I visited the community of Hervey Bay with my colleague Senator Griff in November last year. I met with a number of organisations there, including the police. We held a roundtable with participants. I'm very grateful to everybody who gave their time. It must be quite exhausting in these trial sites to have members of parliament, as well as people who are undertaking research, constantly coming to ask questions about how the program is going. In Hervey Bay, police told us they were initially worried that there was going to be a rise in theft, particularly at outlets that sold alcohol. That wasn't seen. When I went to the Hinkler electorate the card was relatively new; I was there in November last year. COVID, unfortunately, has prevented me from returning there, but I would like to see how the card has developed in the area. I think it's fair to say that Queensland Police were keen for the card to continue. I met with members of St Vincent de Paul. I met with a number of other organisations. They, at the time, felt that the card should continue because more time was needed to bed it in and see whether it actually worked.
I met with We Care 2. They provide emergency food relief. They have a supermarket with very low-cost food and they said there had been a significant increase in people purchasing food at the supermarket. You would think that is a very good outcome, but we just don't have the evidence that has been commissioned by government. So again I would urge the government to release that report.
We did hear from participants who were concerned that the card had failed them in supermarkets. I understand that many of those teething issues have now been addressed. People were concerned initially that the card had the word 'Indue' on it. People felt that was discriminatory and they were anxious about having a card with 'Indue' on it. Again, I understand that 'Indue' has been removed and it's now a grey credit card just like many grey credit cards. But the great challenge we have is that the government has not presented the evidence. When you are looking at making something permanent, the parliament has a right to see the evidence for it. But we haven't seen that yet.
Everyone wants to live in a society where people have every opportunity to transition from Centrelink welfare into employment, but we need to make sure that we are working with people to make that transition. That means ensuring there are education opportunities. That means ensuring there is access to rehabilitation. We don't have that for those places yet.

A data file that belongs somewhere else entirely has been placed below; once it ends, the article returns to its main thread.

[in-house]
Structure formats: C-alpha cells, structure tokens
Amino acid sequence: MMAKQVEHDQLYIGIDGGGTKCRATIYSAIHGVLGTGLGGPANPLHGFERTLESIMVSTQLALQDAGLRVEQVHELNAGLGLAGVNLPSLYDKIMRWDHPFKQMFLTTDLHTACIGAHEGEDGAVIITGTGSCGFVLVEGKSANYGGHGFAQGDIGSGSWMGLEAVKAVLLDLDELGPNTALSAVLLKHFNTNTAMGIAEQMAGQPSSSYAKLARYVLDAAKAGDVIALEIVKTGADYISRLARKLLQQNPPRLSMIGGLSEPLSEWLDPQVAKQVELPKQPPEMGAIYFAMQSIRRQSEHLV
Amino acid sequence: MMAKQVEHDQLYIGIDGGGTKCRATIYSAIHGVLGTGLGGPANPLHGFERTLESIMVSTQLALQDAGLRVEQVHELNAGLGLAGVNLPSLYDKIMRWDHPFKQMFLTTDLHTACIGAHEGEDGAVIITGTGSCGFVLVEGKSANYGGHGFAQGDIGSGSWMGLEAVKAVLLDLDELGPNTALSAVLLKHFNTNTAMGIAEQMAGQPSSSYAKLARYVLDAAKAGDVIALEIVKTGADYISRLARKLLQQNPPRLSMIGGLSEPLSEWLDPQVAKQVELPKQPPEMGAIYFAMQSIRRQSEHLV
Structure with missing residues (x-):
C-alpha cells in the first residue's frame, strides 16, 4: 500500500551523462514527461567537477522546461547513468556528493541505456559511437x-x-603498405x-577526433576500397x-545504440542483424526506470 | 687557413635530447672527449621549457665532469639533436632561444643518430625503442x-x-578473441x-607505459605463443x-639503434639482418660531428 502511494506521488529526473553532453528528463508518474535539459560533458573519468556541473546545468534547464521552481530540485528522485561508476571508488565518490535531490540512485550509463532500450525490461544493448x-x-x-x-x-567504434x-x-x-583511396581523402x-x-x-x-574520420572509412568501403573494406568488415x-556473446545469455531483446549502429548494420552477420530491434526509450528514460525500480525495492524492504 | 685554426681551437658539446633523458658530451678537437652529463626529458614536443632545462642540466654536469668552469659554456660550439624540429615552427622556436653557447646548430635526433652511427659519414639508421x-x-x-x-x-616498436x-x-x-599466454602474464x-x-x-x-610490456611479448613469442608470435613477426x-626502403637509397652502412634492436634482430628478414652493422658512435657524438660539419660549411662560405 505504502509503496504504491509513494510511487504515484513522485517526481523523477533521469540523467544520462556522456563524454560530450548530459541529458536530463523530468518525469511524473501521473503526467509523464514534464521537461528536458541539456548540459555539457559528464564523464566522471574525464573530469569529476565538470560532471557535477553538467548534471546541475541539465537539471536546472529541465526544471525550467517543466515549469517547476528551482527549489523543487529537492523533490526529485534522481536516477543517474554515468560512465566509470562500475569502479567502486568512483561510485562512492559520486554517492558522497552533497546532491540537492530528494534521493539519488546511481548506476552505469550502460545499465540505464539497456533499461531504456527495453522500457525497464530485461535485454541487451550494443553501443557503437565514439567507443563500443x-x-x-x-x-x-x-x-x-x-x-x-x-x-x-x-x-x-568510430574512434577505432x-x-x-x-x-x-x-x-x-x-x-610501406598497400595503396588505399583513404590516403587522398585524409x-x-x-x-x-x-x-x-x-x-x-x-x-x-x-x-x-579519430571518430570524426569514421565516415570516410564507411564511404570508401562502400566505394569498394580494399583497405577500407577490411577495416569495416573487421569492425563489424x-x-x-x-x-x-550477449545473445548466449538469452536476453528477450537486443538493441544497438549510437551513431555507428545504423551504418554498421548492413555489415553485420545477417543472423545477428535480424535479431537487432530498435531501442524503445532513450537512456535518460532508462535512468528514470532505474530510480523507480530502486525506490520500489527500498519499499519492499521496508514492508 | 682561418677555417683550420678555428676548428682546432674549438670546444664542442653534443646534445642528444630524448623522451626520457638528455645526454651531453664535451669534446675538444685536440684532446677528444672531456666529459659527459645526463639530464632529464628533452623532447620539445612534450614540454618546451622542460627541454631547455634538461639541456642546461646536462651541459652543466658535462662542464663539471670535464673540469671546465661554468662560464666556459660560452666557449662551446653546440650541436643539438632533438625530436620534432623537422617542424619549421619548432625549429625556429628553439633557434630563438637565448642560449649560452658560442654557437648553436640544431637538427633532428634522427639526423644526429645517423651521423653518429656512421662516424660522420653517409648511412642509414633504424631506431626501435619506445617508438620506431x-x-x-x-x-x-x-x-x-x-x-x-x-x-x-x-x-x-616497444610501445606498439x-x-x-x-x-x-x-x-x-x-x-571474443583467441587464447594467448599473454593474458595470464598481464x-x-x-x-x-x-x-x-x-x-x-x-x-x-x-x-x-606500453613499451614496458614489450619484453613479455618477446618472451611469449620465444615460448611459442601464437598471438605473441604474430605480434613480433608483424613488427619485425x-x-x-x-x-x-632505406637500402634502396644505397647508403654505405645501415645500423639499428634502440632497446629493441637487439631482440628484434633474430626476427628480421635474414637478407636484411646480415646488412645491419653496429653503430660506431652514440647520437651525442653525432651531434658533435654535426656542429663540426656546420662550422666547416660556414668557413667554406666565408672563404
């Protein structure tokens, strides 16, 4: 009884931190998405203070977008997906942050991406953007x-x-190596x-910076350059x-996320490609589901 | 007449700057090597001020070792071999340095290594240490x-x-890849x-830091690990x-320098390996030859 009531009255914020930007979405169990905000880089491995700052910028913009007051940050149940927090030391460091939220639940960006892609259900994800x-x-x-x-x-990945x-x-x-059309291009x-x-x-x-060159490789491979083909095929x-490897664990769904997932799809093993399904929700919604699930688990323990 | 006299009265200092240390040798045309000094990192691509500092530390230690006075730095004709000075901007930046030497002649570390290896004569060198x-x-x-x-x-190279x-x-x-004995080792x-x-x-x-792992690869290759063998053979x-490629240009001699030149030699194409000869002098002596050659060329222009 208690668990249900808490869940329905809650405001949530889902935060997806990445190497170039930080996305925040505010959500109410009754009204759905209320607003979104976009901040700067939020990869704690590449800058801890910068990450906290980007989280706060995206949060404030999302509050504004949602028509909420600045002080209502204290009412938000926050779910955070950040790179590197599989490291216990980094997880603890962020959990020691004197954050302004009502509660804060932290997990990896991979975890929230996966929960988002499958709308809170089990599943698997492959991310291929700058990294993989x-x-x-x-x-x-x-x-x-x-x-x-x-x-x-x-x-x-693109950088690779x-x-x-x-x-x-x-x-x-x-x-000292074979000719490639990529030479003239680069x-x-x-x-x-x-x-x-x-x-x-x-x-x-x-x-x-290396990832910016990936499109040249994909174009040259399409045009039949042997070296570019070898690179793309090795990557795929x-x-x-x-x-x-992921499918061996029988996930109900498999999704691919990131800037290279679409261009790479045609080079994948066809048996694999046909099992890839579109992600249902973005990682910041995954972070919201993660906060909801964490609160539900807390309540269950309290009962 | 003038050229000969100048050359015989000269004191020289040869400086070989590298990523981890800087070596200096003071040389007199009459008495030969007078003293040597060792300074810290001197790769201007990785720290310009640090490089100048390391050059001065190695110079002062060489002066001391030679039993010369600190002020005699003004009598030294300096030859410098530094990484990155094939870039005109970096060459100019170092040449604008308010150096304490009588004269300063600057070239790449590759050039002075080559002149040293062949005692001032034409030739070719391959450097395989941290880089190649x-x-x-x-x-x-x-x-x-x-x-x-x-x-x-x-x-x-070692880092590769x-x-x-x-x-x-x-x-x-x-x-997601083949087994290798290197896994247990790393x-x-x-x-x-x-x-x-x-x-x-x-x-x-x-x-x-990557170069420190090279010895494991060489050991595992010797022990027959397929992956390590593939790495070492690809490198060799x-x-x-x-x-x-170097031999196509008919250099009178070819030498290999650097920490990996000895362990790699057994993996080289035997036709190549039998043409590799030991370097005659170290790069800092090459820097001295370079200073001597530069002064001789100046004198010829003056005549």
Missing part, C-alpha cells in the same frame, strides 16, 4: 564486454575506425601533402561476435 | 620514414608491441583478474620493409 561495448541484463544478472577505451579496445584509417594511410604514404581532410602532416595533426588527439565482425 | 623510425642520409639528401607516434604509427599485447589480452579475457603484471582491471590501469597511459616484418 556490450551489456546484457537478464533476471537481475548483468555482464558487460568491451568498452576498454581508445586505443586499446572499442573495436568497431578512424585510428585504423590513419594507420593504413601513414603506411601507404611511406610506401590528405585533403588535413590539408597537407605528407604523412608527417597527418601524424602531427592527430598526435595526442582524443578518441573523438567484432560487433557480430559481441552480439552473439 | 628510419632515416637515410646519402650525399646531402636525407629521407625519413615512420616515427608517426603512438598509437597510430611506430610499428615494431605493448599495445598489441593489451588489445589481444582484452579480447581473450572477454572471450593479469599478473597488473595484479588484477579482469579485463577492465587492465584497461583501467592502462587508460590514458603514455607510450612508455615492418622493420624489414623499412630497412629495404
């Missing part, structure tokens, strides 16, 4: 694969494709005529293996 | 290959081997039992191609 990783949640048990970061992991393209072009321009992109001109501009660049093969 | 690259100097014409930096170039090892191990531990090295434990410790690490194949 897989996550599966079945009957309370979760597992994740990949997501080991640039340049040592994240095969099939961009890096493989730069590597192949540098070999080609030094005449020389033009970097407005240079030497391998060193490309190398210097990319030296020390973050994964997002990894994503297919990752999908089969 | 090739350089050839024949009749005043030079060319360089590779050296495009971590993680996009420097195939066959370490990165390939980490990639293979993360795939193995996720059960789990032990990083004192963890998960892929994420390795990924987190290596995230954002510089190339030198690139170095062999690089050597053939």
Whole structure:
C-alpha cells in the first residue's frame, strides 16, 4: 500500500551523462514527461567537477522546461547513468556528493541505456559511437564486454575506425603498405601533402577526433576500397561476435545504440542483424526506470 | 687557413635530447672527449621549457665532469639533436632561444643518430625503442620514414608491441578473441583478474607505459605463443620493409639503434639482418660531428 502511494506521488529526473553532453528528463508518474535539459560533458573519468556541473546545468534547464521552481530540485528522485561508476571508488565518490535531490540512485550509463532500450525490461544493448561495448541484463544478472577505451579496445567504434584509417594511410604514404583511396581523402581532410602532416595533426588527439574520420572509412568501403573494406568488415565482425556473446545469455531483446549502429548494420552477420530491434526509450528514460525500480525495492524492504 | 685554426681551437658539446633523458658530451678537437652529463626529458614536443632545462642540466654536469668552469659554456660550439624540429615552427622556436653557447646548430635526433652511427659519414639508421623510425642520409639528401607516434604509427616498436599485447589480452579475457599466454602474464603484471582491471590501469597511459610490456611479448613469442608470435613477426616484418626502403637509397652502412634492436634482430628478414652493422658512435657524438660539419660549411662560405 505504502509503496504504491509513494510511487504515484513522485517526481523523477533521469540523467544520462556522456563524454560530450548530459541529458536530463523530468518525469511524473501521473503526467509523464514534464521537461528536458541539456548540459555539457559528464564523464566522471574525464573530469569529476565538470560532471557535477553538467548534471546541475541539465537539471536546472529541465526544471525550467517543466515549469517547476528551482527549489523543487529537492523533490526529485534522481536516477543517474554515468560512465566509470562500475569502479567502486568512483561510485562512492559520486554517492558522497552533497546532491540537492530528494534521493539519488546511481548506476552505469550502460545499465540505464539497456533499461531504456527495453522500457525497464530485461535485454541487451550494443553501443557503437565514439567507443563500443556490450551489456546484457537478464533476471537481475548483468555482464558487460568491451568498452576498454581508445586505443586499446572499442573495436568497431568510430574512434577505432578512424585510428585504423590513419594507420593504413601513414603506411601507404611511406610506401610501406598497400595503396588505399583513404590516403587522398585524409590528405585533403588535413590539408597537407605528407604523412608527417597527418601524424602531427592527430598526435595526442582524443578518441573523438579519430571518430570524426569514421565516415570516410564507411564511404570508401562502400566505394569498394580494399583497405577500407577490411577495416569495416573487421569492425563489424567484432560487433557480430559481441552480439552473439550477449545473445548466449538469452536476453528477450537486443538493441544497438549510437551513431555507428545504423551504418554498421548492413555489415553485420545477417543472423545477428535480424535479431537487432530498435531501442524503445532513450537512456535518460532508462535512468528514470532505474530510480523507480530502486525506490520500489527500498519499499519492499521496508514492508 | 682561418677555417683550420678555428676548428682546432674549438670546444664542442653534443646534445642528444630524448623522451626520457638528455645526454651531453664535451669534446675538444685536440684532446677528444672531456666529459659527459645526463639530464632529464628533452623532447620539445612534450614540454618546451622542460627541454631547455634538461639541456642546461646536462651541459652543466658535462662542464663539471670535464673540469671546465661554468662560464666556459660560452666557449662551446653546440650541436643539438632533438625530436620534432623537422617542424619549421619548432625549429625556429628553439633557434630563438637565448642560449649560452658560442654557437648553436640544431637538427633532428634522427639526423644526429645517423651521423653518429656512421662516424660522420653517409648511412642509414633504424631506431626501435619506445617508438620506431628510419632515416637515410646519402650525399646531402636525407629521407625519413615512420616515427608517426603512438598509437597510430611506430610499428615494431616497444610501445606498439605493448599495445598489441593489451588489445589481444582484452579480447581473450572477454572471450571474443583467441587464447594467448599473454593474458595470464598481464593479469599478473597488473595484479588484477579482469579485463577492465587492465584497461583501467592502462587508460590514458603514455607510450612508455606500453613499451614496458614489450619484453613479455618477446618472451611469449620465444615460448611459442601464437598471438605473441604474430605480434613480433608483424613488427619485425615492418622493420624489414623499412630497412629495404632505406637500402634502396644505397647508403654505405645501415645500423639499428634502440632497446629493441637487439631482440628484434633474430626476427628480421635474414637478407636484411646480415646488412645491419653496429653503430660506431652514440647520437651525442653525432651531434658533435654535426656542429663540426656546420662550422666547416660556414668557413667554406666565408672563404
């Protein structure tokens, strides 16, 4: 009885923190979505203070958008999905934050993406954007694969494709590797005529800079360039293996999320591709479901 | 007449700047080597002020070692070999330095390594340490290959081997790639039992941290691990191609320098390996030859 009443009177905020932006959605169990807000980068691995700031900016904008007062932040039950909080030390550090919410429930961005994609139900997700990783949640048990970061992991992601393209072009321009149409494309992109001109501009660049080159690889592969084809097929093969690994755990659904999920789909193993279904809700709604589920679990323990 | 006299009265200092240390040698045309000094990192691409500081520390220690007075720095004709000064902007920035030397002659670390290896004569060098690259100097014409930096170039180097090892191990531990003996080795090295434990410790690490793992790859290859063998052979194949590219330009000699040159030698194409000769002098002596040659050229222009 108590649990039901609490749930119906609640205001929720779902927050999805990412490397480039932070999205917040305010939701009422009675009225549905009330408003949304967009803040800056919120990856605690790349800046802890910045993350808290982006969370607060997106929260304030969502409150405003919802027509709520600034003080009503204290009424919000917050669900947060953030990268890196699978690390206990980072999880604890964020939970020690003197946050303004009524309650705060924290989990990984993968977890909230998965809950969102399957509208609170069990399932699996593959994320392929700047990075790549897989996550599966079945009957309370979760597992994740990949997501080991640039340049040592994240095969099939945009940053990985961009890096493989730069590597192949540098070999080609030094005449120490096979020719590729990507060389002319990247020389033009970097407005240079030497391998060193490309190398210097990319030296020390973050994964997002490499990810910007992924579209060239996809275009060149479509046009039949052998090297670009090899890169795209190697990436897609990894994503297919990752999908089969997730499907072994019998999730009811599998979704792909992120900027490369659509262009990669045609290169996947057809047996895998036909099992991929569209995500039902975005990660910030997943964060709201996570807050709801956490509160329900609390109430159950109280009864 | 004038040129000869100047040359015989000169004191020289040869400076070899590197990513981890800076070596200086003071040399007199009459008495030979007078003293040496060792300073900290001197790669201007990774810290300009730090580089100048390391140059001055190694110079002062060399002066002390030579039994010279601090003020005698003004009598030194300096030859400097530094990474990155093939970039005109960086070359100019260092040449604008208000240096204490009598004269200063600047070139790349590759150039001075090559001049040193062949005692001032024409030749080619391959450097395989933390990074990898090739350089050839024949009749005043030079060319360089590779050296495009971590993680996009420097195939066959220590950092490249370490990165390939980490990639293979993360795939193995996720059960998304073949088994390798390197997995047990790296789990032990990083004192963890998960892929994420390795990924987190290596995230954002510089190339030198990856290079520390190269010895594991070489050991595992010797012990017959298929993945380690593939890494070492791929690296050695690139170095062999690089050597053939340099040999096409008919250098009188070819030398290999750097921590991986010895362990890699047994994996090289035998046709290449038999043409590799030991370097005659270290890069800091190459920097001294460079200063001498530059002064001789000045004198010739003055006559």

I'll touch briefly on remote Aboriginal communities that are facing the transition from the BasicsCard to the CDC. The government hasn't done its homework here yet, and COVID has made it a challenge. But at this stage, without proper consultation—and also given the fact that remote communities do not have the internet connectivity you require to check the balance on your card—the government should not be moving people in the Northern Territory and in North Queensland over to the card. It should be a voluntary decision.
Where does Centre Alliance sit? At this point in time, we will not be supporting this legislation. We would support a continued extension of the trial in the four trial sites. However, that really would be the government's last chance. The government needs to put in the rehabilitation facilities that it promised in Ceduna. It needs to have those in all four trial sites. It needs to provide comprehensive education opportunities. No person living in Ceduna who jumps on the local TAFE website should see not a single course available. There is no chance for them, without skills, to get into employment. That would be disheartening. If a person has an addiction, knowing they can't access services is just not fair. We need to ensure that those services are put in place in all four trial sites, if we want to ensure that we give every opportunity to a person who's living in any of those four sites.
The government needs to invest in some longitudinal data. I would suggest the Hervey Bay region, seeing none of the research has been undertaken at that site. We need to look at whether this card is really working. We just don't know. It's a vibe at the moment; we just don't have the details. We need to know whether the card is reducing family violence and alcohol and substance misuse and doing what its goal is—supporting people to transition from welfare into employment. At this time, we don't have the evidence so we can't support this legislation.